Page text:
IFJ Backs Greek Media Strike Over “Provocative Pay Offer”

The International Federation of Journalists, and its regional organisation the European Federation of Journalists today backed a 24-hour strike called for this Monday and accused newspaper employers of an unreasonable, confrontational and provocative attitude to national pay talks.

The strike by the IFJ and EFJ affiliates, the Journalists’ Union of the Athens Daily Newspapers, the Union of Periodical and Electronic Press and the Journalists’ Union of the Macedonia and Thrace Daily Newspapers, along with other six unions representing media workers comes in response to the deadlock in pay negotiations by the employers and a refusal to move on an offer that effectively reduces the buying power of journalists wages.

“It is shocking whenever negotiations lead to a confrontation that stops newspapers from publishing,” said Aidan White, IFJ and EFJ General Secretary. “But the blame of this stoppage rests with the employers who appear determined not to negotiate reasonably”.

A spokesman from the Journalists’ Union of the Athens Daily Newspapers said, “the offer is so low that it reduces the buying power of journalists wages and is completely unacceptable”. The strike is a 24-hour warning action that could lead to further confrontation.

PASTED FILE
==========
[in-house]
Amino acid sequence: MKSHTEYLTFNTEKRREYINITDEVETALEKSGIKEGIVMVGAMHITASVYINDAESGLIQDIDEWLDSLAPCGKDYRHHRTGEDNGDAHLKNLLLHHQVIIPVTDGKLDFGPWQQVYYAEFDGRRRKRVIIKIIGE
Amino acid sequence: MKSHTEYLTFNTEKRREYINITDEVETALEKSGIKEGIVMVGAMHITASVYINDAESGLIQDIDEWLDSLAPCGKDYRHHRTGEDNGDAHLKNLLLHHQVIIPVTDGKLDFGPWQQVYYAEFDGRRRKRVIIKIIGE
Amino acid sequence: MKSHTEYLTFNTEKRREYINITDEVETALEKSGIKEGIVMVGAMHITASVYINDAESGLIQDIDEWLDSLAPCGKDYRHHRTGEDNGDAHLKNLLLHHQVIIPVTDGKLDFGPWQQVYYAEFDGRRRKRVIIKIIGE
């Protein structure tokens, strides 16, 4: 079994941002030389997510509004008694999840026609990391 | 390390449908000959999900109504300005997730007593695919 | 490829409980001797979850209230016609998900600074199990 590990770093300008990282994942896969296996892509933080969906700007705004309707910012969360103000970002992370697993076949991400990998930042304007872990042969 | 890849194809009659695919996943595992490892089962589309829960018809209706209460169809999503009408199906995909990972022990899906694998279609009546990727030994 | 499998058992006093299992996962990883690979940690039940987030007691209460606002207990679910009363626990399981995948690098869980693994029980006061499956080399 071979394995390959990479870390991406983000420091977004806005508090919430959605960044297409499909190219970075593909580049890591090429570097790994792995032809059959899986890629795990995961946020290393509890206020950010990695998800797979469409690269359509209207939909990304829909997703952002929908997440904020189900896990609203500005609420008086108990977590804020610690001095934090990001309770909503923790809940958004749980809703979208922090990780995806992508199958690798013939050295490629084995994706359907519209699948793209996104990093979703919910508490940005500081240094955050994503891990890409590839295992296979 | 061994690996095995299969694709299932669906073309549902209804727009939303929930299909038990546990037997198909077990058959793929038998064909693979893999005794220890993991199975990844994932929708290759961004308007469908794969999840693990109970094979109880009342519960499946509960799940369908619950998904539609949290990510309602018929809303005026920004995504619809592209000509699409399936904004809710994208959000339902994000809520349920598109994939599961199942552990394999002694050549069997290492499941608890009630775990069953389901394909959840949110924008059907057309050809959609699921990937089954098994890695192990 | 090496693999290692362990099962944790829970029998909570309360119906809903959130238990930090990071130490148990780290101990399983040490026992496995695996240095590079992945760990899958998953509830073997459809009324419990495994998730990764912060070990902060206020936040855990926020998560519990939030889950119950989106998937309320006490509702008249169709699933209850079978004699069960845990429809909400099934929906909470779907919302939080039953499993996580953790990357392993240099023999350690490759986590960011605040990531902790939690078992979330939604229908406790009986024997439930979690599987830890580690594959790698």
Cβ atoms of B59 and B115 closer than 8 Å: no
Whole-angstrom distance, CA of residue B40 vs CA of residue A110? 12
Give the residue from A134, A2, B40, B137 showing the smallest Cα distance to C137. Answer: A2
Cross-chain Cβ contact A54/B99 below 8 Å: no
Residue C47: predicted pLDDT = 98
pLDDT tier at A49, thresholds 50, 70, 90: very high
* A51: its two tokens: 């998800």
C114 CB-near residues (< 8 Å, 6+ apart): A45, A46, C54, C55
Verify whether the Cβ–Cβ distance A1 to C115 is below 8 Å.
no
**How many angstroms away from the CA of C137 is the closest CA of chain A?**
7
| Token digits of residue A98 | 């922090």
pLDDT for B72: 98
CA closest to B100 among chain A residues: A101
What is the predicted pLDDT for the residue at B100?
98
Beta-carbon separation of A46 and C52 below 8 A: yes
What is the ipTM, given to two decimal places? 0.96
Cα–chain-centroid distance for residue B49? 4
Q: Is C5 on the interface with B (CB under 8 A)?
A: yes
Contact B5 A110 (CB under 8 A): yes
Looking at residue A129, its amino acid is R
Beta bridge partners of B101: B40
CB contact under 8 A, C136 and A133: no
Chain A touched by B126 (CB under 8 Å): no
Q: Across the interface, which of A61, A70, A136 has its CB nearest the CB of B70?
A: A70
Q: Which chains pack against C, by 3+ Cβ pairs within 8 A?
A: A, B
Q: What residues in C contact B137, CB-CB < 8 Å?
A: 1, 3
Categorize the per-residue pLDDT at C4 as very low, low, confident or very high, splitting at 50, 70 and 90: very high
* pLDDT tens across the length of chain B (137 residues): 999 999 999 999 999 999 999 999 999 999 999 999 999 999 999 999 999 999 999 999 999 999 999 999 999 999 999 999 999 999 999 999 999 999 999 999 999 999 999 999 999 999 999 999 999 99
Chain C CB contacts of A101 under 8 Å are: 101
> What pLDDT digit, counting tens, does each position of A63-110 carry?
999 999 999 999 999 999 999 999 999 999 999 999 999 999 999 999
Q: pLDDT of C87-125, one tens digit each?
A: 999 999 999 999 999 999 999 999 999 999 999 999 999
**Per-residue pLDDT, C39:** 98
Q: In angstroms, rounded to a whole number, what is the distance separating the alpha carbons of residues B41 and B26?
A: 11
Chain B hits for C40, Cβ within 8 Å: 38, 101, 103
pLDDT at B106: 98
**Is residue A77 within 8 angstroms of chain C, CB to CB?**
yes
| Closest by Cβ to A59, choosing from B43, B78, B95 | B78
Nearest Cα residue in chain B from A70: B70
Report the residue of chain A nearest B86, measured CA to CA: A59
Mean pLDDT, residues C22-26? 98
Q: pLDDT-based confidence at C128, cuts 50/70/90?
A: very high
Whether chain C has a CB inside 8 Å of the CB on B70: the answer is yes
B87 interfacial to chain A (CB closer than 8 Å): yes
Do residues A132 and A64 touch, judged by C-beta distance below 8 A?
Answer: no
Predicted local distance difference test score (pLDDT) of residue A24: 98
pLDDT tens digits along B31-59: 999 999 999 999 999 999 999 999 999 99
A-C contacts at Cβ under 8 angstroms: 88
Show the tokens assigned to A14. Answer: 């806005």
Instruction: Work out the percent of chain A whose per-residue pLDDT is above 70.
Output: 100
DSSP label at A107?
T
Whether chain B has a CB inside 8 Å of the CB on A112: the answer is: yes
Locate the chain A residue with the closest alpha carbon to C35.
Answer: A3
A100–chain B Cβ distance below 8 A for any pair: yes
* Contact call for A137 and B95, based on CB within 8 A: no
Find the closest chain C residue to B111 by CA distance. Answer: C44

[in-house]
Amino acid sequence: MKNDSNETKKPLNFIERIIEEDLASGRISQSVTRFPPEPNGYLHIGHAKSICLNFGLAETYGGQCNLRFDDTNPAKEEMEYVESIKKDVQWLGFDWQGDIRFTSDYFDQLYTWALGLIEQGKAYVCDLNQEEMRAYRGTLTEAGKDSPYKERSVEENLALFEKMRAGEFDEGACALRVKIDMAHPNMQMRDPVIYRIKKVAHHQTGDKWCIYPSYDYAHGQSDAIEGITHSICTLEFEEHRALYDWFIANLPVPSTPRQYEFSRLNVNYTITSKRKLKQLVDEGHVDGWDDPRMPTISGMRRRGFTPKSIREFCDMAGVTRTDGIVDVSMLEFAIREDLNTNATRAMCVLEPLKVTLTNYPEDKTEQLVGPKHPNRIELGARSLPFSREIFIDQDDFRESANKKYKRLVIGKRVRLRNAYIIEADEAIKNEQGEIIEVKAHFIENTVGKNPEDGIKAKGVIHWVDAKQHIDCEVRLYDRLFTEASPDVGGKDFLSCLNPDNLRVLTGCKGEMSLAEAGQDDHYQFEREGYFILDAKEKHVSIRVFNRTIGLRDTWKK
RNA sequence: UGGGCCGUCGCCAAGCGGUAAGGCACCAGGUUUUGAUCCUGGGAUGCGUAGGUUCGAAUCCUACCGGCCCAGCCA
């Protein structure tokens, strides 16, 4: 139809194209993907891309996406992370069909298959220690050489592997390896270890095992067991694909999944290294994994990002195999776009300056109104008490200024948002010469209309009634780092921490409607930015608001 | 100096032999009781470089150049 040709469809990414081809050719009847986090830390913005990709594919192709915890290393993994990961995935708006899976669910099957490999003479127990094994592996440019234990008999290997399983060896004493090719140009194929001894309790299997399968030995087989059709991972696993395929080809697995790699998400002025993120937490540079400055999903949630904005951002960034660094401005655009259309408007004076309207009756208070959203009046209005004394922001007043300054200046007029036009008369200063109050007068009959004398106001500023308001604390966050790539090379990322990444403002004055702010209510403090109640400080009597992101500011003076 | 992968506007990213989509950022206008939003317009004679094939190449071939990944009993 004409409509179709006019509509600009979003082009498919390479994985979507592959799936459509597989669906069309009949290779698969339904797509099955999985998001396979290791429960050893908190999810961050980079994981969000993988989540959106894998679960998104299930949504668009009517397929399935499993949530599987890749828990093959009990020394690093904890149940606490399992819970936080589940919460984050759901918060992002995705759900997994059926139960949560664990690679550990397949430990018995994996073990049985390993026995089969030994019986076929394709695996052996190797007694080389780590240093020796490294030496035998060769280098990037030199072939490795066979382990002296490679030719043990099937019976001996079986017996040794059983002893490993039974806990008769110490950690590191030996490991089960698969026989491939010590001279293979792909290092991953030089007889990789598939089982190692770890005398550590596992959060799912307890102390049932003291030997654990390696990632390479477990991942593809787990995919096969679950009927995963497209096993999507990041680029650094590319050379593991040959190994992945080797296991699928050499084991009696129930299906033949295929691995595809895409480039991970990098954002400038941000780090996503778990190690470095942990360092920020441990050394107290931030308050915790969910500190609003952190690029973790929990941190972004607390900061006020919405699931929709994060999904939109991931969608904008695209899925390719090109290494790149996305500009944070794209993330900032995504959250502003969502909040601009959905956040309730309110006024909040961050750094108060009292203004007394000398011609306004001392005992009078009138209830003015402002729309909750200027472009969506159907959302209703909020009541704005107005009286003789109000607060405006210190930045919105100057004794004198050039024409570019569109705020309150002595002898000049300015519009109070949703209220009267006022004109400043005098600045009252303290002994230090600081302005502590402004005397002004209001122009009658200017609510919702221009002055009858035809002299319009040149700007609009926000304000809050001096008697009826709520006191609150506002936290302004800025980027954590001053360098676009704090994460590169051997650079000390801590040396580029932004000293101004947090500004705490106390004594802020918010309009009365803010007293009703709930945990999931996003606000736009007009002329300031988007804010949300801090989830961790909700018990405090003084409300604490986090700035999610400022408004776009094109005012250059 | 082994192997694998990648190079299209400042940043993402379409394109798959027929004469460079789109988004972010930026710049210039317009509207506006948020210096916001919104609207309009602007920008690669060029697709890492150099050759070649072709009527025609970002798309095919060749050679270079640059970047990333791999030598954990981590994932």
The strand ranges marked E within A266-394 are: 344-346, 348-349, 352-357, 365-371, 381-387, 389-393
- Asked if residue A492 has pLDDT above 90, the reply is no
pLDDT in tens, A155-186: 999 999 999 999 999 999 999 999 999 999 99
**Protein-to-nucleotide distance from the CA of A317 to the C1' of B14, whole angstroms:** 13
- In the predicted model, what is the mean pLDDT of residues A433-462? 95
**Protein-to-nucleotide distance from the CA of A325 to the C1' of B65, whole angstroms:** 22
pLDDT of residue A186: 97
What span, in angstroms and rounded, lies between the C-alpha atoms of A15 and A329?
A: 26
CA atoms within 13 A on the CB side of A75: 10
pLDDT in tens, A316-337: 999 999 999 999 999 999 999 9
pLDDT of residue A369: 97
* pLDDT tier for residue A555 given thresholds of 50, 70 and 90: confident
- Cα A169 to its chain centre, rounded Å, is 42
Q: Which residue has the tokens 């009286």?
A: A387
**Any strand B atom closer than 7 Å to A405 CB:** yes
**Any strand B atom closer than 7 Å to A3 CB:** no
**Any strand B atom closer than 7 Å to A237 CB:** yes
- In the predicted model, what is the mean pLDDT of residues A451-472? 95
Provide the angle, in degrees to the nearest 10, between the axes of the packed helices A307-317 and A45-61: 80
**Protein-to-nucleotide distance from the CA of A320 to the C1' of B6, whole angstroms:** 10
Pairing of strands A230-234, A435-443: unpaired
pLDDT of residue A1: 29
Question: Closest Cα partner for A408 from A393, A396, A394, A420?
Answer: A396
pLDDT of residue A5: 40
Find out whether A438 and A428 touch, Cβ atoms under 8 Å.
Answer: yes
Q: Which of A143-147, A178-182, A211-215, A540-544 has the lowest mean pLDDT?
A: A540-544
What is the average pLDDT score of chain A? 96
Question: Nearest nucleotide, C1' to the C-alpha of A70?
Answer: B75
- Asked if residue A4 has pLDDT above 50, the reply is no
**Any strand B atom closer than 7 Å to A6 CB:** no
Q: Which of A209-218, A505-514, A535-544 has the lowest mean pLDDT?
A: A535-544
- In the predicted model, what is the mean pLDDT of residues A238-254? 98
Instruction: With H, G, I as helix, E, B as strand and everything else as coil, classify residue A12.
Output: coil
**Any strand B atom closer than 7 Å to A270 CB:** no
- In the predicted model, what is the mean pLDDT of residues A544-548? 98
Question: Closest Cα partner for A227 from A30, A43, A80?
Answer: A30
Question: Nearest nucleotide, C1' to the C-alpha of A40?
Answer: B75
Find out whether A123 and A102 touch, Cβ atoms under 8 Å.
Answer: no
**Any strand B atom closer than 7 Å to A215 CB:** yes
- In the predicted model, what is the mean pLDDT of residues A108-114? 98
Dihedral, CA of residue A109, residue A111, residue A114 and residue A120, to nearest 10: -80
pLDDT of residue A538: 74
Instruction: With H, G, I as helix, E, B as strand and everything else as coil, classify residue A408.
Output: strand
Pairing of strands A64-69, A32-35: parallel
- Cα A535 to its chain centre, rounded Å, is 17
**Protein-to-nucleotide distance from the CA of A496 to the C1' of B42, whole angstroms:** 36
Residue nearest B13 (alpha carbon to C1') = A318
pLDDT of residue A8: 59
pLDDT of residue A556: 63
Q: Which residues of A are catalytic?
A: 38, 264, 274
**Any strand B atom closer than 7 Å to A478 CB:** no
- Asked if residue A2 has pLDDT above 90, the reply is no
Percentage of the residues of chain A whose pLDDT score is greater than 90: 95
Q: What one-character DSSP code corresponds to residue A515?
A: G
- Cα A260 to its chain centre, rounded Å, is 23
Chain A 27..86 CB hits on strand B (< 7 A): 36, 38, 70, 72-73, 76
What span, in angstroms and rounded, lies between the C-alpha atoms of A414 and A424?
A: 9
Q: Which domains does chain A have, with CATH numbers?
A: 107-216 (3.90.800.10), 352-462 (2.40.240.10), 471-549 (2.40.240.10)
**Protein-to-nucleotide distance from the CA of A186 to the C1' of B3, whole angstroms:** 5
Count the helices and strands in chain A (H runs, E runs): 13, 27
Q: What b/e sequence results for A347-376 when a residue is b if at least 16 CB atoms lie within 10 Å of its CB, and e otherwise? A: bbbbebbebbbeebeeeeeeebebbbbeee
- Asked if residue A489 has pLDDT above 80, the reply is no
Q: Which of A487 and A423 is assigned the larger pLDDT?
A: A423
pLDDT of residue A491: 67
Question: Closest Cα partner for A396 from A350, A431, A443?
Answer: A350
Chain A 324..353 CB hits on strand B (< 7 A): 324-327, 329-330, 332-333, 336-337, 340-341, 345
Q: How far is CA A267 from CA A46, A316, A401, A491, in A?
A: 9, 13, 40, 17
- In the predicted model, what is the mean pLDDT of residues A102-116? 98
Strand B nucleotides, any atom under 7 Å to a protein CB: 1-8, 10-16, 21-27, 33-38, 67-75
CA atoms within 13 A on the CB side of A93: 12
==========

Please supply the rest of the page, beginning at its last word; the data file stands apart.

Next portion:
“Employers should invest in decent working conditions and fair salaries for their journalists and other staff,” said White. “But in this case they have adopted an unreasonable, confrontational and provocative attitude that will only have a negative impact on the industrial relations scene in Greek media.” “This is the time to take the heat out of the situation and there should be urgent negotiations to reach a fair settlement”.

Earlier this year, the IFJ and the EFJ intervened to support the Journalists Union of Athens Daily Newspaper in a fight with a major Athens publisher and has supported journalists in Greece opposing job cuts and closures.

The IFJ, which held its 25 World Congress in Athens in May, says that the difficulties between the workforce and media management in Greece are symptomatic of weakness in the social dialogue between unions and employers.

“Free and fair negotiations are always the way to solve industrial difficulties,” said White. “Now is the time to get back to the negotiating table”.

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The IFJ represents more than 500,000 journalists in more than 100 countries